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by Matt Maginley July 31, 2014

 

Managed Media and Marketing Services is a marketing firm based in Westwood New Jersey owned by consultant Matthew Maginley. It focuses on helping small and medium businesses with marketing strategies.

“Businesses can increase sales and profits without spending more money on advertising by starting with these three basic steps. Step one is to find what is unique about the business that gets people to buy from them. Step two is to understand the customer’s buying strategy, and step three is to focus on customer sales rather than prospecting.”

“Businesses all use the same tools: a website, email, mobile marketing, and social media. The challenge for them is to communicate the message of their uniqueness to the right people. If they miss that, what ends up happening is that the business falls into the trap of buying more advertising that addresses the wrong market. That is where we can help them,” says Matt Maginley, President of Managed Media Services and Marketing based in Westwood, New Jersey.

“We show businesses how to see things from the buyer’s perspective and have a message focused on a customer’s buying strategy. It is more effective and profitable for a business to talk to customers about what they want to buy and to understand the strategy for buying than it is to tell and sell. Remember, nobody likes to be sold to, but everybody likes to buy buy things,” Maginley says with a smile.

Having worked in advertising his entire life, Matt Maginley says, “The simple truth is that most people just haven’t been exposed to marketing strategies. We have a complete one-hour presentation that we can do for organizations such as a chamber of commerce, or trade group, or for an individual business. I also make available a full recording of a consultation call where we explain step-by-step a successful strategic marketing plan.

“I’ve worked on major brands my entire life, and these are the fundamental models that make up the basics of marketing. The easiest way to explain it is that advertising is about selling, and marketing is about buying. You can sell against the competition, but you market to your customers. We also help with social media, email marketing, newsletters, and press releases. These are the basics that all companies put effort into, and we cover these basics and then go into an area that many companies overlook. Once we bring it to their attention, they get it immediately. We are looking to do the same for more of the businesses in New Jersey by providing marketing portals similar to the one created for the Hasbrouck Heights Chamber of Commerce,” Maginley says in conclusion.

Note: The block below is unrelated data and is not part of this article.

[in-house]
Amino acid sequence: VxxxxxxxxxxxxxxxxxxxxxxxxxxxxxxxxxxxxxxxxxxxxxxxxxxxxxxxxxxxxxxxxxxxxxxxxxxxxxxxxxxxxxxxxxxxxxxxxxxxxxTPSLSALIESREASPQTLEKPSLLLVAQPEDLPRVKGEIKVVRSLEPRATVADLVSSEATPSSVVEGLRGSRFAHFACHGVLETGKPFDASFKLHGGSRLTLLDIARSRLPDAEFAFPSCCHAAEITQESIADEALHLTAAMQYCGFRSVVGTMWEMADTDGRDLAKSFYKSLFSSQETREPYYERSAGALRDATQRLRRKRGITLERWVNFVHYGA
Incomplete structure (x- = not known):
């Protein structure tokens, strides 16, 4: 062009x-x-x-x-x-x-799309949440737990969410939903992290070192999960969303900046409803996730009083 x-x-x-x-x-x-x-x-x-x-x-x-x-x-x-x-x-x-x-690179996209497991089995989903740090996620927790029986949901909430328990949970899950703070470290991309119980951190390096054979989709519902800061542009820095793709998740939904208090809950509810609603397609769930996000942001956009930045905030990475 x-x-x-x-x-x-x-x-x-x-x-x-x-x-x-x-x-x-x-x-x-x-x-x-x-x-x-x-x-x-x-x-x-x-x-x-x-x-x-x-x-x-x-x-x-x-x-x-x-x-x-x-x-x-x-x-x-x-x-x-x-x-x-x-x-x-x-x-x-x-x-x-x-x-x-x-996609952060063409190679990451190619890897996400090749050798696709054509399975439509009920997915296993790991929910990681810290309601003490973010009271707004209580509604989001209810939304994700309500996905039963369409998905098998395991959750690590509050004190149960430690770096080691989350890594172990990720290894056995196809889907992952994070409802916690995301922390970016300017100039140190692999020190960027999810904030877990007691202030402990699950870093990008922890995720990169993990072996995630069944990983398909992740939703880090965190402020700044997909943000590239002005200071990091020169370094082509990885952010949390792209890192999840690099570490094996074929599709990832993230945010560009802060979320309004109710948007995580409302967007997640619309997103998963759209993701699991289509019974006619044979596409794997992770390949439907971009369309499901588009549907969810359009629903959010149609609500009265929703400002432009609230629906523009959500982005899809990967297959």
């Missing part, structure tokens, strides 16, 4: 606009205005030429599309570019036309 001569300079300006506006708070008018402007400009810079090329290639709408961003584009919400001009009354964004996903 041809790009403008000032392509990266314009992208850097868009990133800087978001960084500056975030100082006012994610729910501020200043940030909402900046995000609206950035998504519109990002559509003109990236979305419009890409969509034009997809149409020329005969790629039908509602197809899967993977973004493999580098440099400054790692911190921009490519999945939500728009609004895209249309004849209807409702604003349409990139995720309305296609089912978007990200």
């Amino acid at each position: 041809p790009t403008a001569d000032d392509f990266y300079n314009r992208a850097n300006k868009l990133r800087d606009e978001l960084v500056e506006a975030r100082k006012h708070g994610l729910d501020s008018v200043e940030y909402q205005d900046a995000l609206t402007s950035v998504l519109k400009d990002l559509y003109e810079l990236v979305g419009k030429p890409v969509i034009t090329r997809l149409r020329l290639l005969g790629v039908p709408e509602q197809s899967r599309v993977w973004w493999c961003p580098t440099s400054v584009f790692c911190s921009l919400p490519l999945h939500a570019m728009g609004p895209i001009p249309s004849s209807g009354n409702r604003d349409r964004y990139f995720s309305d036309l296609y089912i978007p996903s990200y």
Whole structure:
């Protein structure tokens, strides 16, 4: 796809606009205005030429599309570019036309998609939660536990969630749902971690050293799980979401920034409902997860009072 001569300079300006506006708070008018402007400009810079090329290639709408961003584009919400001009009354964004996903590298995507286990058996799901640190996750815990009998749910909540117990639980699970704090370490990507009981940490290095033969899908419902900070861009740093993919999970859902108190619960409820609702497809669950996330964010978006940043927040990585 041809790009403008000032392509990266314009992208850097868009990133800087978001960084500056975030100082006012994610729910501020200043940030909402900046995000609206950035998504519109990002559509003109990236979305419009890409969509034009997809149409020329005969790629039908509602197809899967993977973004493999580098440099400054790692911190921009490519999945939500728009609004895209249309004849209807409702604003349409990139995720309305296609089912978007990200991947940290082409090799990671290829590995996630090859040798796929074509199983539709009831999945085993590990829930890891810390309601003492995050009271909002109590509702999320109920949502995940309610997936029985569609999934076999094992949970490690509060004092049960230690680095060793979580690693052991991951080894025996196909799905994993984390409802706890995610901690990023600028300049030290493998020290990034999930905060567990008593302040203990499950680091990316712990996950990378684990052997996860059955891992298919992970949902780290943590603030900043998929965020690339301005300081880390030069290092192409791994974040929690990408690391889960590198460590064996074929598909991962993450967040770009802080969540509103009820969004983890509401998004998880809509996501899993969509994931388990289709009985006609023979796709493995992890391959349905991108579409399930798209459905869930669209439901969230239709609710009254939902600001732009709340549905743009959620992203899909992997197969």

Managed Media Services and Marketing is a private marketing consultancy based in New Jersey, serving small and midsized business across the United States. Owned by Matthew Maginley, an executive with over 20 years’ experience at companies such as Lintas, Ogilvy and Mather, and Foote, Cone, and Belding.

Managed Media and Marketing Services is powered by an all-in-one marketing solution for independent consultants through a reseller agreement with GVO – Global Virtual Opportunities, based in San Antonio, TX, which provides hosting, email, and webconferencing. He may be reached at (201) 289-2762 or emailed at matt(at)maginley(dot)info.

The Issue Is…


Many people want to speak to CEOs to sell. After reading “How to Talk to a CEO“, I thought there was another POV on the topic. Let’s use the Darden Restaurants news regarding selling off the Red Lobster unit as a real life point of departure for this discussion.

Following the format of the article I offer 6 highlights as a guide to the five minutes granted to speak to a CEO.

  1. Know what problem (s) are facing the CEO.  If you read the Darden Restaurant Strategic Action Plan to Enhance Shareholder Value, there is some insight to be gained into what a CEO needs to think about/understand about running the business, and possibly how to frame any potential discussion within that thought process. If not sure, ask questions. Diagnose the situation, but have some inkling of an idea of the big picture going into the meeting. Be knowledgeable of the company, competitive environment.
  2. Cite specifics about the nature of the problem. The goal for a CEO is to return shareholder value in most cases. What is preventing this? What obstacles present themselves?
  3. Present a solution. Obviously, there are teams already knowledgeable of the problem and potential solutions, so I look for a way to be part of the overall solution – and maybe not THE solution. What is the best solution? What are the risks?
  4. Listen closely for feedback. This might be what one could call the CEO’s “buying strategy.” After hearing the problem and stating a solution you might hear that they have tried that already, or be given some additional information about why a proposed solution may or may not work. In light of additional factors and information, make your offer . “We can do X to help with that problem.”
  5. Ask to be introduced to the team tasked with the area of interest to continue pursuit of the offer. The goal is to become part of the team as a trusted advisor.
  6. Follow-up intelligently and professionally. Naturally, businesses don’t want their problems broadcast all over town as it can have an adverse effect on share price. The prudent course is to gain trust, and appreciate that over time, you may actually do business one day, if not today. Be clear and concise, and maintain contact and follow the course of action suggested by the CEO.

Meeting any CEO may seem daunting but if there is a clear purpose in mind : writing an article about the CEO or the Company, selling your company’s product/service, or selling yourself. Realize that CEO’s are human beings just like you, but they are under enormous time pressure, and delegate to teams of executives whose job it is to find good ideas that have value. Asking a CEO to commit to more than the proper channel to execute what it is that you want, after a first meeting, is a breach of corporate etiquette, and ill-mannered. My experience has come from cold-calling C-Suite Executives, getting past the gatekeeper, scheduling a specific day and time to call/meet,  and getting on the calendar in the first place.